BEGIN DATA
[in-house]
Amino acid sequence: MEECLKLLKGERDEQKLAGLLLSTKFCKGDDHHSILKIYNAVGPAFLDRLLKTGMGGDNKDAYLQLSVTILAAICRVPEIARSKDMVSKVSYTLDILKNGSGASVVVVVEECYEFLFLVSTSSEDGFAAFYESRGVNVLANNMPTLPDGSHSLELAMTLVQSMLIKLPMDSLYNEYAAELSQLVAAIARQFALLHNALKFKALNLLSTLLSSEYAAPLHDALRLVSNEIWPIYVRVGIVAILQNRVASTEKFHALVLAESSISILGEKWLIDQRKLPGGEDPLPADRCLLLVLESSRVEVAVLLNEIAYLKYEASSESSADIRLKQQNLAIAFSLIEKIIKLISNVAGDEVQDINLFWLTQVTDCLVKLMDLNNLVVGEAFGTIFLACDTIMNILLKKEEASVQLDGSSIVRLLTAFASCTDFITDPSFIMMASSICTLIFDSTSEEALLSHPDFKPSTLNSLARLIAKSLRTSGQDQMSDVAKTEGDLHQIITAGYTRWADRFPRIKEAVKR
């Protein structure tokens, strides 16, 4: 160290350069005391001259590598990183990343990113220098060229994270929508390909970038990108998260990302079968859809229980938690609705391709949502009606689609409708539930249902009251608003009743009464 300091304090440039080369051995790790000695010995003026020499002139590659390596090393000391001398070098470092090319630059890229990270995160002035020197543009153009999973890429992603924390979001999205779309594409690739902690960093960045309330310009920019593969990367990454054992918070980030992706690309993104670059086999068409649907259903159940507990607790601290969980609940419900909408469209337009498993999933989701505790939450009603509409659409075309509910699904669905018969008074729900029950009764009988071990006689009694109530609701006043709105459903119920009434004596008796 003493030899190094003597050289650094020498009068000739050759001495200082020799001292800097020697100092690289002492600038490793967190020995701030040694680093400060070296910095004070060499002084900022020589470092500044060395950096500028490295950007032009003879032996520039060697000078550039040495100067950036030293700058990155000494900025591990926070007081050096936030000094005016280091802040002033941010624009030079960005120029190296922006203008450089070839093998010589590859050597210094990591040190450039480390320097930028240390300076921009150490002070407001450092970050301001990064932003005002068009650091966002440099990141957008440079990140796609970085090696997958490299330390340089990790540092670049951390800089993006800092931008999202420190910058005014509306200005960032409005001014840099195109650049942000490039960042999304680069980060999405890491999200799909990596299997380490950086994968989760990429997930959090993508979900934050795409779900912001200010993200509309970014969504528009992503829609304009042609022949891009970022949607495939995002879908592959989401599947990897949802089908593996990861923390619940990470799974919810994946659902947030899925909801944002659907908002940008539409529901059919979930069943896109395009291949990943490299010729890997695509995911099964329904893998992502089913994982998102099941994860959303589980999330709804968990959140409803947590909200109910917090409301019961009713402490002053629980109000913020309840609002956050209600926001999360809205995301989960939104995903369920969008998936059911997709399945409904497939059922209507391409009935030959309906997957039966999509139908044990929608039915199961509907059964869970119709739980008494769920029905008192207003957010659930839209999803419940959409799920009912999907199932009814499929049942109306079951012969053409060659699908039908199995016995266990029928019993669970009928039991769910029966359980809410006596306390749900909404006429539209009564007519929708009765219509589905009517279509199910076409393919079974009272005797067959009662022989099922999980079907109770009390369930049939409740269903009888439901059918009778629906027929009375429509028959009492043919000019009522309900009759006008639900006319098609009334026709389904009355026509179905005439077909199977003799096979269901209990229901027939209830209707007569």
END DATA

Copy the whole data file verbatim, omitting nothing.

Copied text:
[in-house]
Amino acid sequence: MEECLKLLKGERDEQKLAGLLLSTKFCKGDDHHSILKIYNAVGPAFLDRLLKTGMGGDNKDAYLQLSVTILAAICRVPEIARSKDMVSKVSYTLDILKNGSGASVVVVVEECYEFLFLVSTSSEDGFAAFYESRGVNVLANNMPTLPDGSHSLELAMTLVQSMLIKLPMDSLYNEYAAELSQLVAAIARQFALLHNALKFKALNLLSTLLSSEYAAPLHDALRLVSNEIWPIYVRVGIVAILQNRVASTEKFHALVLAESSISILGEKWLIDQRKLPGGEDPLPADRCLLLVLESSRVEVAVLLNEIAYLKYEASSESSADIRLKQQNLAIAFSLIEKIIKLISNVAGDEVQDINLFWLTQVTDCLVKLMDLNNLVVGEAFGTIFLACDTIMNILLKKEEASVQLDGSSIVRLLTAFASCTDFITDPSFIMMASSICTLIFDSTSEEALLSHPDFKPSTLNSLARLIAKSLRTSGQDQMSDVAKTEGDLHQIITAGYTRWADRFPRIKEAVKR
């Protein structure tokens, strides 16, 4: 160290350069005391001259590598990183990343990113220098060229994270929508390909970038990108998260990302079968859809229980938690609705391709949502009606689609409708539930249902009251608003009743009464 300091304090440039080369051995790790000695010995003026020499002139590659390596090393000391001398070098470092090319630059890229990270995160002035020197543009153009999973890429992603924390979001999205779309594409690739902690960093960045309330310009920019593969990367990454054992918070980030992706690309993104670059086999068409649907259903159940507990607790601290969980609940419900909408469209337009498993999933989701505790939450009603509409659409075309509910699904669905018969008074729900029950009764009988071990006689009694109530609701006043709105459903119920009434004596008796 003493030899190094003597050289650094020498009068000739050759001495200082020799001292800097020697100092690289002492600038490793967190020995701030040694680093400060070296910095004070060499002084900022020589470092500044060395950096500028490295950007032009003879032996520039060697000078550039040495100067950036030293700058990155000494900025591990926070007081050096936030000094005016280091802040002033941010624009030079960005120029190296922006203008450089070839093998010589590859050597210094990591040190450039480390320097930028240390300076921009150490002070407001450092970050301001990064932003005002068009650091966002440099990141957008440079990140796609970085090696997958490299330390340089990790540092670049951390800089993006800092931008999202420190910058005014509306200005960032409005001014840099195109650049942000490039960042999304680069980060999405890491999200799909990596299997380490950086994968989760990429997930959090993508979900934050795409779900912001200010993200509309970014969504528009992503829609304009042609022949891009970022949607495939995002879908592959989401599947990897949802089908593996990861923390619940990470799974919810994946659902947030899925909801944002659907908002940008539409529901059919979930069943896109395009291949990943490299010729890997695509995911099964329904893998992502089913994982998102099941994860959303589980999330709804968990959140409803947590909200109910917090409301019961009713402490002053629980109000913020309840609002956050209600926001999360809205995301989960939104995903369920969008998936059911997709399945409904497939059922209507391409009935030959309906997957039966999509139908044990929608039915199961509907059964869970119709739980008494769920029905008192207003957010659930839209999803419940959409799920009912999907199932009814499929049942109306079951012969053409060659699908039908199995016995266990029928019993669970009928039991769910029966359980809410006596306390749900909404006429539209009564007519929708009765219509589905009517279509199910076409393919079974009272005797067959009662022989099922999980079907109770009390369930049939409740269903009888439901059918009778629906027929009375429509028959009492043919000019009522309900009759006008639900006319098609009334026709389904009355026509179905005439077909199977003799096979269901209990229901027939209830209707007569």